In The Beginning Etosha was first inhabited by the nomadic Hai||om Bushmen who lived a peaceful, uncomplicated existence, relying on the migratory herds of game for hunting, gathering what they could from the land. Various Otjiherero-speaking groups and Ovambos could also be found in the surroundings.
The Europeans Enter Etosha:
1851: Charles Andersson and Francis Galton were the first Europeans to record the existence of the Etosha pan, heralding 30 years of conflict between the Europeans and local tribes. Trade Routes around the pan began to emerge and the unrelenting hunting of Etosha wildlife began.
1854: The Hai||om were driven from the area.
1876: Andersson’s eastern trade route merged with that of the American Gerald McKiernan, opening up even more avenues for the on-going slaughter of Etosha’s abundant game species. The Dorsland (Thirstland) Trekkers started to arrive en route to Angola, stopping over at Namutoni and Rietfontein. Many of the trekkers caught malaria and their oxen succumbed to lung disease during this time.
1885: William Jordan, an entrepreneur from Cape Town, bought large tracts of land around Okaukuejo and Fischer’s Pan from the Owambo chief. Jordan then awarded these 2500 hectares of farmland to families from the Dorsland Trek. Clashes with the Hai||om, cattle disease, marauding lions and a final defeat by Chief Nehale Mpingana forced these trekkers to abandon their farms the very next year.
1886: With the trekkers gone, the German Reich sent troops to Okaukuejo, Namutoni and Sesfontein to bring the spread of Rinderpest under control by culling migrating wildlife.
1889: Fort Namutoni was constructed and occupied by the German cavalry until 1904 when it was wiped out by the Ovambos. The fort was rebuilt the following year and eventually became a police station and later, a national monument.
1901: A second military post was constructed by Germany at Okaukuejo and order was restored.
1907: On 22 March Dr F von Lindequist, the governor of German South West Africa, declared Etosha ‘Game Reserve No 2’, incorporating an area of some 80 000 square kilometres. Since then, a number of changes to the boundaries of the park have been made.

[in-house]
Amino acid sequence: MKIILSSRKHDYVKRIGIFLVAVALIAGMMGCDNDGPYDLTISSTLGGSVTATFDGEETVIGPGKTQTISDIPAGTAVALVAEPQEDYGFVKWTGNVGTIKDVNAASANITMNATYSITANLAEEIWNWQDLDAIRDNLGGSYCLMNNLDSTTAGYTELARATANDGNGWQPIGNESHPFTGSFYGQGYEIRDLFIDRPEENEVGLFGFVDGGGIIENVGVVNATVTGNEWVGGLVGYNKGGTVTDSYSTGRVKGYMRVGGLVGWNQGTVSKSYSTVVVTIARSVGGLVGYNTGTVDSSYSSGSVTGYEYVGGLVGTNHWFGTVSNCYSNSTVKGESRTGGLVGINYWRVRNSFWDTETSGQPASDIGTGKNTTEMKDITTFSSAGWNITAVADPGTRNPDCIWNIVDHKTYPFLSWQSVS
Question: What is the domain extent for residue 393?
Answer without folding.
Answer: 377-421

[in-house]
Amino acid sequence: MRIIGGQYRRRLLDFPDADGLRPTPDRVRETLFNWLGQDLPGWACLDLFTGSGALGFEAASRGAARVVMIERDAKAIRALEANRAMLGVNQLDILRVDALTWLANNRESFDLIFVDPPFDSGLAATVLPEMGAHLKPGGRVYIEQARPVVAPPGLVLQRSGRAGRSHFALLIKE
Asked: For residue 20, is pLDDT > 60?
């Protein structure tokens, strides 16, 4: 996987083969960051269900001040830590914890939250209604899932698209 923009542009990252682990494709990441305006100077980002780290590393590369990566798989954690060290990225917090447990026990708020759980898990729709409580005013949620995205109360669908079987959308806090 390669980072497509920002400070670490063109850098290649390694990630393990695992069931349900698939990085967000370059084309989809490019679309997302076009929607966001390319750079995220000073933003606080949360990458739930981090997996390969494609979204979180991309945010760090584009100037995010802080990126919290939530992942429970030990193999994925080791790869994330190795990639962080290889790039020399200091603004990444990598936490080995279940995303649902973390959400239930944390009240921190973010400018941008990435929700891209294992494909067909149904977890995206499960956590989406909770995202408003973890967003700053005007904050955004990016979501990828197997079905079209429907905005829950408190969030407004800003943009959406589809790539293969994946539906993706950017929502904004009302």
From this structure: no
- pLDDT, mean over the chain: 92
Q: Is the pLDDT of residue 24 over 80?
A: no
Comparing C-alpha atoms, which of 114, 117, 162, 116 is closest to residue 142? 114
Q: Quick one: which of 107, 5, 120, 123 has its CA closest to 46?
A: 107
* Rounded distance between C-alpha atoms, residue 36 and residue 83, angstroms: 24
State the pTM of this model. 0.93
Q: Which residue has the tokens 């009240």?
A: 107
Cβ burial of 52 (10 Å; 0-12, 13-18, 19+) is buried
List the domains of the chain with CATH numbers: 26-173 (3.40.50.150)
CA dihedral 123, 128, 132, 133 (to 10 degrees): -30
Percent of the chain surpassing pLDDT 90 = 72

1946: The first formal tour to Game Reserve No.2 took place over Easter weekend, consisting of 137 guests transported in 10 open trucks.
1953: BJG de la Bat, the first game ranger to be stationed at Etosha, arrived.
1955: Construction of the boundary fences began and a tourism service was started. That year 6210 people got to enjoy the park and the first rest camp at Okaukuejo was opened.
1957: Namutoni rest camp was constructed to accommodate the ever increasing number of visitors to the reserve.
1958: Ordinance 18 of 1958 reduced the boundaries of the reserve to 55 000 square kilometres and Game Reserve No 2 was renamed Etosha Game Park.
1961: An eruption of a foot-and-mouth disease resulted in the erection of a game-proof fence along the eastern and southern borders of the park.
1967: Etosha was awarded national park status and the rest camp at Halali was set up.
1970: Etosha was reduced to its current size of just over 22,000 square kilometres.
1973: Fencing of the 850 km circumference of the park was completed.
During the late 70’s and early 80’s the border war involving South Africa, Namibia and Angola, as well as a prolonged drought took a heavy toll on the wildlife in Etosha, almost eradicating it.
Since 2004 the Hai||om have been recognised as the rightful inhabitants of Etosha and have been allocated land for resettlement adjacent to the reserve.
Thankfully, Etosha has recovered from its turbulent and sometimes unlucky past to evolve into the beauty that it is today, and remains one of the best places on earth to enjoy Africa’s diverse and fascinating wildlife.